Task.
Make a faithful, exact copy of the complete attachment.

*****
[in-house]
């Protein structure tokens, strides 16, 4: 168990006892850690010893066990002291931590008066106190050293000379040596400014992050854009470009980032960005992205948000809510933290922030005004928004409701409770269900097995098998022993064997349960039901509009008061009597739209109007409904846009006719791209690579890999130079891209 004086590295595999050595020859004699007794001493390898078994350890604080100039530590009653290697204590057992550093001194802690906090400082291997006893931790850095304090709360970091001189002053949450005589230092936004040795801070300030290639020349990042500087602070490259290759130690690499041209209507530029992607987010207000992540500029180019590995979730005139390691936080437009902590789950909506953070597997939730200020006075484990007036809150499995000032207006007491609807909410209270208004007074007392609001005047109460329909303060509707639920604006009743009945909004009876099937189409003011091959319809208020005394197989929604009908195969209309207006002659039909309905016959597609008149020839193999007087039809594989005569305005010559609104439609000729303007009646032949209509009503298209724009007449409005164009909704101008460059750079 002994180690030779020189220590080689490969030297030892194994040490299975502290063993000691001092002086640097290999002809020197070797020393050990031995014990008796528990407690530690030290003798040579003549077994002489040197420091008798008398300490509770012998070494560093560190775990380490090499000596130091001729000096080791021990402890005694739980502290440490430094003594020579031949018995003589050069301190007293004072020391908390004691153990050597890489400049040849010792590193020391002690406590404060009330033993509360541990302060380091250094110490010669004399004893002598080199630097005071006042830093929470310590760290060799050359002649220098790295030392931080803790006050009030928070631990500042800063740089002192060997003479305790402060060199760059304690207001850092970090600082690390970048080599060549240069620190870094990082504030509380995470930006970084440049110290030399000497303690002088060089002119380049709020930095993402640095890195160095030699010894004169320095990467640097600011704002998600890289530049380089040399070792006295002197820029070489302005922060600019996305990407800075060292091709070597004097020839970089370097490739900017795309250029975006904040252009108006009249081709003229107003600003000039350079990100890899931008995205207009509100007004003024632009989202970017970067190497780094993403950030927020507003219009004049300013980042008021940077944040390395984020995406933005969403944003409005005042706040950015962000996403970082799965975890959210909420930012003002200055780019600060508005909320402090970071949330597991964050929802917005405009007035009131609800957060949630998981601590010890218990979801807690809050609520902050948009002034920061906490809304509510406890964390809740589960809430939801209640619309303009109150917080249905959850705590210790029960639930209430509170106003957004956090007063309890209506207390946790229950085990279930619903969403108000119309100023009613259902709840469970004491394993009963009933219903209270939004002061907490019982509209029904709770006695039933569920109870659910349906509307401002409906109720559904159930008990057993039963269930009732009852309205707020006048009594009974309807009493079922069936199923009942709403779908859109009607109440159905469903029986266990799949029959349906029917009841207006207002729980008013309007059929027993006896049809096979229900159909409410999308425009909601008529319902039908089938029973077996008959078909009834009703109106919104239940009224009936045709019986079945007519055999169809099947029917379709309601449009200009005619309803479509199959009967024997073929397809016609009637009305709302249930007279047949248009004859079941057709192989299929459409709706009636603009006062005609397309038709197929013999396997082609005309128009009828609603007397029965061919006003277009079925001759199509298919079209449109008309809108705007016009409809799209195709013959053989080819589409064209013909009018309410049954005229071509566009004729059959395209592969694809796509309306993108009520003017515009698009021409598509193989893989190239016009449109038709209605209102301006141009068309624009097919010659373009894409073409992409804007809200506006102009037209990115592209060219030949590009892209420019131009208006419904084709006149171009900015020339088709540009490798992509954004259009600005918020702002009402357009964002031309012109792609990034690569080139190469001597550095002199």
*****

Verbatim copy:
[in-house]
């Protein structure tokens, strides 16, 4: 168990006892850690010893066990002291931590008066106190050293000379040596400014992050854009470009980032960005992205948000809510933290922030005004928004409701409770269900097995098998022993064997349960039901509009008061009597739209109007409904846009006719791209690579890999130079891209 004086590295595999050595020859004699007794001493390898078994350890604080100039530590009653290697204590057992550093001194802690906090400082291997006893931790850095304090709360970091001189002053949450005589230092936004040795801070300030290639020349990042500087602070490259290759130690690499041209209507530029992607987010207000992540500029180019590995979730005139390691936080437009902590789950909506953070597997939730200020006075484990007036809150499995000032207006007491609807909410209270208004007074007392609001005047109460329909303060509707639920604006009743009945909004009876099937189409003011091959319809208020005394197989929604009908195969209309207006002659039909309905016959597609008149020839193999007087039809594989005569305005010559609104439609000729303007009646032949209509009503298209724009007449409005164009909704101008460059750079 002994180690030779020189220590080689490969030297030892194994040490299975502290063993000691001092002086640097290999002809020197070797020393050990031995014990008796528990407690530690030290003798040579003549077994002489040197420091008798008398300490509770012998070494560093560190775990380490090499000596130091001729000096080791021990402890005694739980502290440490430094003594020579031949018995003589050069301190007293004072020391908390004691153990050597890489400049040849010792590193020391002690406590404060009330033993509360541990302060380091250094110490010669004399004893002598080199630097005071006042830093929470310590760290060799050359002649220098790295030392931080803790006050009030928070631990500042800063740089002192060997003479305790402060060199760059304690207001850092970090600082690390970048080599060549240069620190870094990082504030509380995470930006970084440049110290030399000497303690002088060089002119380049709020930095993402640095890195160095030699010894004169320095990467640097600011704002998600890289530049380089040399070792006295002197820029070489302005922060600019996305990407800075060292091709070597004097020839970089370097490739900017795309250029975006904040252009108006009249081709003229107003600003000039350079990100890899931008995205207009509100007004003024632009989202970017970067190497780094993403950030927020507003219009004049300013980042008021940077944040390395984020995406933005969403944003409005005042706040950015962000996403970082799965975890959210909420930012003002200055780019600060508005909320402090970071949330597991964050929802917005405009007035009131609800957060949630998981601590010890218990979801807690809050609520902050948009002034920061906490809304509510406890964390809740589960809430939801209640619309303009109150917080249905959850705590210790029960639930209430509170106003957004956090007063309890209506207390946790229950085990279930619903969403108000119309100023009613259902709840469970004491394993009963009933219903209270939004002061907490019982509209029904709770006695039933569920109870659910349906509307401002409906109720559904159930008990057993039963269930009732009852309205707020006048009594009974309807009493079922069936199923009942709403779908859109009607109440159905469903029986266990799949029959349906029917009841207006207002729980008013309007059929027993006896049809096979229900159909409410999308425009909601008529319902039908089938029973077996008959078909009834009703109106919104239940009224009936045709019986079945007519055999169809099947029917379709309601449009200009005619309803479509199959009967024997073929397809016609009637009305709302249930007279047949248009004859079941057709192989299929459409709706009636603009006062005609397309038709197929013999396997082609005309128009009828609603007397029965061919006003277009079925001759199509298919079209449109008309809108705007016009409809799209195709013959053989080819589409064209013909009018309410049954005229071509566009004729059959395209592969694809796509309306993108009520003017515009698009021409598509193989893989190239016009449109038709209605209102301006141009068309624009097919010659373009894409073409992409804007809200506006102009037209990115592209060219030949590009892209420019131009208006419904084709006149171009900015020339088709540009490798992509954004259009600005918020702002009402357009964002031309012109792609990034690569080139190469001597550095002199």